We’ve all held discs in the store and wanted to know how they were going to fly before we bought them. My recommendation has always been to borrow your buddies disc, and to be a good friend and let them try your discs too. They’ve been throwing that Mako3 for a whole year and they’re going to know what it does. So you can learn from them or show them why they should be bagging a Sidewinder.
But maybe you don’t have a buddy who throws a certain disc that you’d like to try, what are you going to do then? Just buy it and hope that it works out? There’s always YouTubers who throw the disc to review it for you, but you don’t know their skill level. And watching top pros debut a new disc is different. Unless you’re throwing as smooth and with the same power, you’re not throwing a Malta like they do. Here’s Drew Gibson throwing a beautiful shot with a Malta for a 340 foot park job. I’ve met Drew and he’s a wicked nice dude, but his throw is in the top .00013% of disc golfers. That’s right he’s the 13th ranked player in the world out of about 100,000. Watching Drew throw a disc is *usually* more entertainment than educational.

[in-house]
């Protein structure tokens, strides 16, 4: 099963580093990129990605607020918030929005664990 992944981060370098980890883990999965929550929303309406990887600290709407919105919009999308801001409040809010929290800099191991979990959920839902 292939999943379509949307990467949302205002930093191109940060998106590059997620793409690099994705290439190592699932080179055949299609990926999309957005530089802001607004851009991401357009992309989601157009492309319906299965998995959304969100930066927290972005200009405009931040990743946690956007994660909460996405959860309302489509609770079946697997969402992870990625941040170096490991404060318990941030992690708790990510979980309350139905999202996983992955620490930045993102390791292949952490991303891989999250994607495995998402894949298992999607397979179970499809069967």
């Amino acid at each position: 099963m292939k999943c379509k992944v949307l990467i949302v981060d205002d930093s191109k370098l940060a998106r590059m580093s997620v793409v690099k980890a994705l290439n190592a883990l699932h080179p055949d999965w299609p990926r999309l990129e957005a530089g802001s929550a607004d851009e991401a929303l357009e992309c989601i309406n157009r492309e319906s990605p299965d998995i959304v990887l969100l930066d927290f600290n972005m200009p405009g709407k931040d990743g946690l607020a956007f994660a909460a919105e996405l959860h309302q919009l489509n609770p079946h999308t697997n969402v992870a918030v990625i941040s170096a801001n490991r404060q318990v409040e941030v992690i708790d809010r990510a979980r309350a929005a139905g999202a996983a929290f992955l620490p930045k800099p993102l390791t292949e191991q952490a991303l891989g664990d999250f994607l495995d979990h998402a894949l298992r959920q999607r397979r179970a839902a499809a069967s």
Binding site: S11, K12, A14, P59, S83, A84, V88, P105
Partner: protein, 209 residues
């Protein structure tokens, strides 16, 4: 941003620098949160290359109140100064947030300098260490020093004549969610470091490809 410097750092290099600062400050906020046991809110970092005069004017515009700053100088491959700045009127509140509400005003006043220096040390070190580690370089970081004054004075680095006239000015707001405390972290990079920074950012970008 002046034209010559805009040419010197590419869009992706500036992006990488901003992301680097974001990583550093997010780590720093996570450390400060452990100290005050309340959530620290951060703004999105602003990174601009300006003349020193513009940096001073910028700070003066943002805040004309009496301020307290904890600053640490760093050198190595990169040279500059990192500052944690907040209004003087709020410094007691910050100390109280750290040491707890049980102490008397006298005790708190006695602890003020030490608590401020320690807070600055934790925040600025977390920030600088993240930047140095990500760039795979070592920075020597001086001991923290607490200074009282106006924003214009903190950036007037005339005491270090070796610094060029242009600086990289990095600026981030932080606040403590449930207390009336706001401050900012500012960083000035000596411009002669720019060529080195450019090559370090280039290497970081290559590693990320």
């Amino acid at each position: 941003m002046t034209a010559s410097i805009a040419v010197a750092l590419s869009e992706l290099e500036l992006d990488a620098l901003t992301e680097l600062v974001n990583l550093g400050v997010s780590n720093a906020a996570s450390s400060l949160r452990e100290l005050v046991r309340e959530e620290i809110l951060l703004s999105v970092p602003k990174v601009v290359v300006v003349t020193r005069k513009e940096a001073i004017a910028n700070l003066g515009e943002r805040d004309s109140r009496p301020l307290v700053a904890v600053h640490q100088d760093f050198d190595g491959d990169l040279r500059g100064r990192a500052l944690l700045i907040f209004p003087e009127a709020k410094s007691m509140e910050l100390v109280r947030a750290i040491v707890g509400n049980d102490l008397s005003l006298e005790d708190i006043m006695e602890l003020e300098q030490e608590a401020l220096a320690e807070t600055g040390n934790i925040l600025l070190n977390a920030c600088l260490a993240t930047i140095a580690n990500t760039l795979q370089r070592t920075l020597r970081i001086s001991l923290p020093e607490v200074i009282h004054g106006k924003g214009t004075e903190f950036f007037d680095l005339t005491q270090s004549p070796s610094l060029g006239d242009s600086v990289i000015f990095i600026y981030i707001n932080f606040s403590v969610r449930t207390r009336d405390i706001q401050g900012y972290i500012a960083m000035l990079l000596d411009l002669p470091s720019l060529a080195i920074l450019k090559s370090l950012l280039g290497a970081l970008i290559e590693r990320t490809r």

My dad used to talk about testing discs before you buy them. He never understood why disc golf courses wouldn’t have a bin of discs for players to try. When he was growing up he would try out a tennis racket for a couple of dollars, then all the money he put towards testing the racket would go to his purchase of that racket. That’s how he got his first tennis racket, sold to him by Mark ‘The Blade’ Belanger the SS for the Baltimore Orioles in the 60’s-80’s.
Disc golf has experimented with returning new, unmarked and unwanted discs in the past. Here’s the thing though, we don’t sell used discs at SDG. We donate the lost & founds at the end of the year (after trying to return them). So having folks try discs and return discs they don’t like after a few throws (like Dynamic Discs used to offer) doesn’t work all that well either. Their system required you to pay up front, not ink the disc, and to not hit any trees. You’d buy a disc to try and be worried about it the whole time.